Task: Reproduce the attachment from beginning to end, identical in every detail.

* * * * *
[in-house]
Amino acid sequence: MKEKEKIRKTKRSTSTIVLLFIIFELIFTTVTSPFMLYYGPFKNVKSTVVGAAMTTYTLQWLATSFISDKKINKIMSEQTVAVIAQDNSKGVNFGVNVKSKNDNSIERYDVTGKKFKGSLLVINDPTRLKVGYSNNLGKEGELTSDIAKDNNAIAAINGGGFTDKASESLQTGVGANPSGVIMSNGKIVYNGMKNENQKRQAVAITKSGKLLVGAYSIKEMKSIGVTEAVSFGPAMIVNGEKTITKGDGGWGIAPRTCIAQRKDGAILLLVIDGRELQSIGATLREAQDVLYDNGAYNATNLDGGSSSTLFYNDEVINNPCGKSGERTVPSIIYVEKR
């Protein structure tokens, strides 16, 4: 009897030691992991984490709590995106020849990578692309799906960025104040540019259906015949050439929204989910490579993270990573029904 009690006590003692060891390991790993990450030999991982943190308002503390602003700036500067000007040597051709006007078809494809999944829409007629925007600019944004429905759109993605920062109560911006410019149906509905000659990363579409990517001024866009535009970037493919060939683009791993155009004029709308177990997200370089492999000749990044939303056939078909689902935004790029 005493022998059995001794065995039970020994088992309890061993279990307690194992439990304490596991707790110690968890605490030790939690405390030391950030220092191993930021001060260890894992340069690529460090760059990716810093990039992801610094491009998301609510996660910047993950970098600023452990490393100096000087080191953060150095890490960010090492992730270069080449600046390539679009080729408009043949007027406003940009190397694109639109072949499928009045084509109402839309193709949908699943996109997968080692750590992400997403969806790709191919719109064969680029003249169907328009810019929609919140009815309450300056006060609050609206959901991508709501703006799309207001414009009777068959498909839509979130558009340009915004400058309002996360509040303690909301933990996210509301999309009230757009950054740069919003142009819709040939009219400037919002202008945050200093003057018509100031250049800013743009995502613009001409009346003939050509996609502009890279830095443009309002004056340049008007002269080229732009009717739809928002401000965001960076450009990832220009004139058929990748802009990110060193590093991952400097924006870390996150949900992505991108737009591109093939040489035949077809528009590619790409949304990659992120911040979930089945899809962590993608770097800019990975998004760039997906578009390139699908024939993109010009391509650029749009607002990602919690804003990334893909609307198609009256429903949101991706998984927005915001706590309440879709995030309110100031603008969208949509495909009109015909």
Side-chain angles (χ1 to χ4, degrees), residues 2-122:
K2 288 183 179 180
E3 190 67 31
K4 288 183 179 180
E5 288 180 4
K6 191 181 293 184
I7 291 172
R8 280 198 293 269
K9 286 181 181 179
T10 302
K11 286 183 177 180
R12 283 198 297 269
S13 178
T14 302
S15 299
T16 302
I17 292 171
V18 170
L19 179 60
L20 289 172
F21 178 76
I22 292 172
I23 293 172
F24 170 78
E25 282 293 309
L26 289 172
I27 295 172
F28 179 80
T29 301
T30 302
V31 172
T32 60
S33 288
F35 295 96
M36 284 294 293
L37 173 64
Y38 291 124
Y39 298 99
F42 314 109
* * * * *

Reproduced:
[in-house]
Amino acid sequence: MKEKEKIRKTKRSTSTIVLLFIIFELIFTTVTSPFMLYYGPFKNVKSTVVGAAMTTYTLQWLATSFISDKKINKIMSEQTVAVIAQDNSKGVNFGVNVKSKNDNSIERYDVTGKKFKGSLLVINDPTRLKVGYSNNLGKEGELTSDIAKDNNAIAAINGGGFTDKASESLQTGVGANPSGVIMSNGKIVYNGMKNENQKRQAVAITKSGKLLVGAYSIKEMKSIGVTEAVSFGPAMIVNGEKTITKGDGGWGIAPRTCIAQRKDGAILLLVIDGRELQSIGATLREAQDVLYDNGAYNATNLDGGSSSTLFYNDEVINNPCGKSGERTVPSIIYVEKR
């Protein structure tokens, strides 16, 4: 009897030691992991984490709590995106020849990578692309799906960025104040540019259906015949050439929204989910490579993270990573029904 009690006590003692060891390991790993990450030999991982943190308002503390602003700036500067000007040597051709006007078809494809999944829409007629925007600019944004429905759109993605920062109560911006410019149906509905000659990363579409990517001024866009535009970037493919060939683009791993155009004029709308177990997200370089492999000749990044939303056939078909689902935004790029 005493022998059995001794065995039970020994088992309890061993279990307690194992439990304490596991707790110690968890605490030790939690405390030391950030220092191993930021001060260890894992340069690529460090760059990716810093990039992801610094491009998301609510996660910047993950970098600023452990490393100096000087080191953060150095890490960010090492992730270069080449600046390539679009080729408009043949007027406003940009190397694109639109072949499928009045084509109402839309193709949908699943996109997968080692750590992400997403969806790709191919719109064969680029003249169907328009810019929609919140009815309450300056006060609050609206959901991508709501703006799309207001414009009777068959498909839509979130558009340009915004400058309002996360509040303690909301933990996210509301999309009230757009950054740069919003142009819709040939009219400037919002202008945050200093003057018509100031250049800013743009995502613009001409009346003939050509996609502009890279830095443009309002004056340049008007002269080229732009009717739809928002401000965001960076450009990832220009004139058929990748802009990110060193590093991952400097924006870390996150949900992505991108737009591109093939040489035949077809528009590619790409949304990659992120911040979930089945899809962590993608770097800019990975998004760039997906578009390139699908024939993109010009391509650029749009607002990602919690804003990334893909609307198609009256429903949101991706998984927005915001706590309440879709995030309110100031603008969208949509495909009109015909």
Side-chain angles (χ1 to χ4, degrees), residues 2-122:
K2 288 183 179 180
E3 190 67 31
K4 288 183 179 180
E5 288 180 4
K6 191 181 293 184
I7 291 172
R8 280 198 293 269
K9 286 181 181 179
T10 302
K11 286 183 177 180
R12 283 198 297 269
S13 178
T14 302
S15 299
T16 302
I17 292 171
V18 170
L19 179 60
L20 289 172
F21 178 76
I22 292 172
I23 293 172
F24 170 78
E25 282 293 309
L26 289 172
I27 295 172
F28 179 80
T29 301
T30 302
V31 172
T32 60
S33 288
F35 295 96
M36 284 294 293
L37 173 64
Y38 291 124
Y39 298 99
F42 314 109